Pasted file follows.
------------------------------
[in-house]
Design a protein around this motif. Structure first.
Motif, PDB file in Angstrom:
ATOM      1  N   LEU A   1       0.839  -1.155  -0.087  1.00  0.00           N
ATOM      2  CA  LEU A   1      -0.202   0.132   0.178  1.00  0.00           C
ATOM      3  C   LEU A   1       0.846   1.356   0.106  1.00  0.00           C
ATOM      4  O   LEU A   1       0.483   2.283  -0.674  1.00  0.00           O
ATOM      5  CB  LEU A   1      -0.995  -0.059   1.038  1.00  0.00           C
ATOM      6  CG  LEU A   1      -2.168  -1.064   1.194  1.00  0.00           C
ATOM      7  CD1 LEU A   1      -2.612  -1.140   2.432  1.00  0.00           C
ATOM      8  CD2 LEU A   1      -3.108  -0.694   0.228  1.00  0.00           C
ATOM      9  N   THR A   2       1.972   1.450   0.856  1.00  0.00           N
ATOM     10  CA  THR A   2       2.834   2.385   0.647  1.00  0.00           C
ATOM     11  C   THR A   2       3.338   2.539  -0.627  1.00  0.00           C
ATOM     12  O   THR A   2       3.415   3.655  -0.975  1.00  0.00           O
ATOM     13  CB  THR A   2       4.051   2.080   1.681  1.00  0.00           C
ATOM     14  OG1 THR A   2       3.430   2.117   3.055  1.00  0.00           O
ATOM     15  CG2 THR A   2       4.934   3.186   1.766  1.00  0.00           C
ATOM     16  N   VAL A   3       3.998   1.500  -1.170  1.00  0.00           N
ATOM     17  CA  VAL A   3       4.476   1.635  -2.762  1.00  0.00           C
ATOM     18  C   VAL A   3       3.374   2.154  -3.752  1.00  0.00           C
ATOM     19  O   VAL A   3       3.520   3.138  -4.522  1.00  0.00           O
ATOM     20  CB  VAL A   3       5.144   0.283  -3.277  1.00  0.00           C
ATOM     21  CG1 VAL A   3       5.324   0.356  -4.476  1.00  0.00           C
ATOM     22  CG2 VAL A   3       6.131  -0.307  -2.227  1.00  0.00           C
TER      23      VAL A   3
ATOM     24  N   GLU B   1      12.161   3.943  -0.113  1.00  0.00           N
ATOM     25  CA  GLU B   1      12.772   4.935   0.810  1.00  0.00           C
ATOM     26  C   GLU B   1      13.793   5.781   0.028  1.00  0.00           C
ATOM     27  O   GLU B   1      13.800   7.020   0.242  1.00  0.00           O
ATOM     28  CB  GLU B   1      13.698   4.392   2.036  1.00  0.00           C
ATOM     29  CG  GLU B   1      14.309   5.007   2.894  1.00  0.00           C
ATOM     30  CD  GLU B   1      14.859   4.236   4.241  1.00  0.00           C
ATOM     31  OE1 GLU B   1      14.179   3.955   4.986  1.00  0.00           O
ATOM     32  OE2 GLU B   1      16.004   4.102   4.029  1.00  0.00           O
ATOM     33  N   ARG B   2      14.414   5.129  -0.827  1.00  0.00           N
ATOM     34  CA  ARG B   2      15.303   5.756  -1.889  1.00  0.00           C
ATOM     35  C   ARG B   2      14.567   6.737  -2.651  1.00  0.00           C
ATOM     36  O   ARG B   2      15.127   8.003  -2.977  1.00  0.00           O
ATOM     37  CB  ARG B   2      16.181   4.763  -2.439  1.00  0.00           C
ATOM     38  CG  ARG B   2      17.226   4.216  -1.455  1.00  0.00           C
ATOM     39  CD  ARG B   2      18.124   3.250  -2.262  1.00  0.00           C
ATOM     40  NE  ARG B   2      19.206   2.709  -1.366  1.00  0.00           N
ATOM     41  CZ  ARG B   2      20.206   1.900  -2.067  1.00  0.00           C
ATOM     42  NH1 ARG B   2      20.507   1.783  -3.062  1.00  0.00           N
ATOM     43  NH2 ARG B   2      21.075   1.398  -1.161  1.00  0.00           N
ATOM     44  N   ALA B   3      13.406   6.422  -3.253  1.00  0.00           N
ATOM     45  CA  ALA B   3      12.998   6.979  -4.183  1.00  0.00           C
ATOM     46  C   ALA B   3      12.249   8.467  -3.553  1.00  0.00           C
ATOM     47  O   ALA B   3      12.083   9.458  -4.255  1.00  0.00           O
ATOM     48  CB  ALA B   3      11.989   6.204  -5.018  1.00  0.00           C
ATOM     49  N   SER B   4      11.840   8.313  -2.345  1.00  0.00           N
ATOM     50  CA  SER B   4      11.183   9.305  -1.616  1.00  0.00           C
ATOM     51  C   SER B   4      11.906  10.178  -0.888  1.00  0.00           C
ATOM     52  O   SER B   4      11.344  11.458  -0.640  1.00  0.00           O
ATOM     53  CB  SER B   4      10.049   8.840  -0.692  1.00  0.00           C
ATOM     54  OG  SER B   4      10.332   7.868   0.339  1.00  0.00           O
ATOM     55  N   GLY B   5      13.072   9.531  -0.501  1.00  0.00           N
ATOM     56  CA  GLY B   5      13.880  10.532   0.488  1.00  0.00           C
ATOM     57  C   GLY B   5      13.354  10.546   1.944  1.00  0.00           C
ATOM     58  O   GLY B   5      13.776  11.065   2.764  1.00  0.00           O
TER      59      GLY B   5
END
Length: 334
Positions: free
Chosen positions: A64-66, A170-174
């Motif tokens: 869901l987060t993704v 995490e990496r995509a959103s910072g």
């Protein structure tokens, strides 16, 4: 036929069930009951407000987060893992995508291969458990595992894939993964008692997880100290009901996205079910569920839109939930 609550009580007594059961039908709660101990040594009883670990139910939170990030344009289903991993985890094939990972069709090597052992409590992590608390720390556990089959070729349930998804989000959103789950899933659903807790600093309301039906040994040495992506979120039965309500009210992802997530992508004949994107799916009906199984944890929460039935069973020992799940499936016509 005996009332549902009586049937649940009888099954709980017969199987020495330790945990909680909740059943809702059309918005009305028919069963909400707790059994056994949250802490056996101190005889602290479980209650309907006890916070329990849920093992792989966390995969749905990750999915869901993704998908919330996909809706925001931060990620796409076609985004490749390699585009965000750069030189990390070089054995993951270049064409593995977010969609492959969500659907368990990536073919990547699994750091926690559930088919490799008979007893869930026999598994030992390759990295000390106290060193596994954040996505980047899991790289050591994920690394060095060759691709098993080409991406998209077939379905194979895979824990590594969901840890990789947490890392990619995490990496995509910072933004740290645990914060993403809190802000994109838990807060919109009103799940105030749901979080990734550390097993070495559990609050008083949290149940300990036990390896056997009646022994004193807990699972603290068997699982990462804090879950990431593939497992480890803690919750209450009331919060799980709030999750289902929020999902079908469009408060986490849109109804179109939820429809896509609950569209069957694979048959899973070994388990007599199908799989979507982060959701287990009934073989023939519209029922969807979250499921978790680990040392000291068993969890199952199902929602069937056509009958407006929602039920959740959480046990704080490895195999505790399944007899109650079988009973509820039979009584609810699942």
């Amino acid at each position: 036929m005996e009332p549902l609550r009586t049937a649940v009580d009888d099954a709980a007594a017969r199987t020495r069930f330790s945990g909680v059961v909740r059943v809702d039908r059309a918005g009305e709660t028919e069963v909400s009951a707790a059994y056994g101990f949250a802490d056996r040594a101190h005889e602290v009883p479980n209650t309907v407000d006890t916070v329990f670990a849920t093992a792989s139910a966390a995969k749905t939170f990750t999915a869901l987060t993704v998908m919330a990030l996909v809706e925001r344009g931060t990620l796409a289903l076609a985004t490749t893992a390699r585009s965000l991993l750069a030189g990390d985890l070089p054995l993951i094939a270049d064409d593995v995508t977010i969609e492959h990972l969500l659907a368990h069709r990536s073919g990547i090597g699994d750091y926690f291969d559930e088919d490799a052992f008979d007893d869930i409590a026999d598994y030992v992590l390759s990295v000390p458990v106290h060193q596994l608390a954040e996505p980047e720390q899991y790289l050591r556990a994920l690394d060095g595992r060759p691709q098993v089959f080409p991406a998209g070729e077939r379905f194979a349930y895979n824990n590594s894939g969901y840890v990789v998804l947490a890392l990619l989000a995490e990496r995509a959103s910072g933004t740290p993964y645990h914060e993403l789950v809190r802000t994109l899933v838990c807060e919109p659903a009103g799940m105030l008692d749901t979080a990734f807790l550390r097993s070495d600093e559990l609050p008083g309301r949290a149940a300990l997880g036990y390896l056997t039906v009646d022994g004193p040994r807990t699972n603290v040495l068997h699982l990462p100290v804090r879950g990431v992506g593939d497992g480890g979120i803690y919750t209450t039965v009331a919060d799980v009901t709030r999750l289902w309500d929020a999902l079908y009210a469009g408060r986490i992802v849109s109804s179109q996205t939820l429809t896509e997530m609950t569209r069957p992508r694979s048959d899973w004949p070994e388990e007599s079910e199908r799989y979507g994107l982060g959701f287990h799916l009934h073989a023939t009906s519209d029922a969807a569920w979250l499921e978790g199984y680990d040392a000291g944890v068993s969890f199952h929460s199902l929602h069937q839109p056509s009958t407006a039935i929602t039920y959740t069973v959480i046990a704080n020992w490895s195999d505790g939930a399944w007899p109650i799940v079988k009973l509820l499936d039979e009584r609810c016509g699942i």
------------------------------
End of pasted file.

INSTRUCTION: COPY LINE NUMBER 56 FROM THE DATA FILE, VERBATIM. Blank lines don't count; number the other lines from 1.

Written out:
ATOM     53  CB  SER B   4      10.049   8.840  -0.692  1.00  0.00           C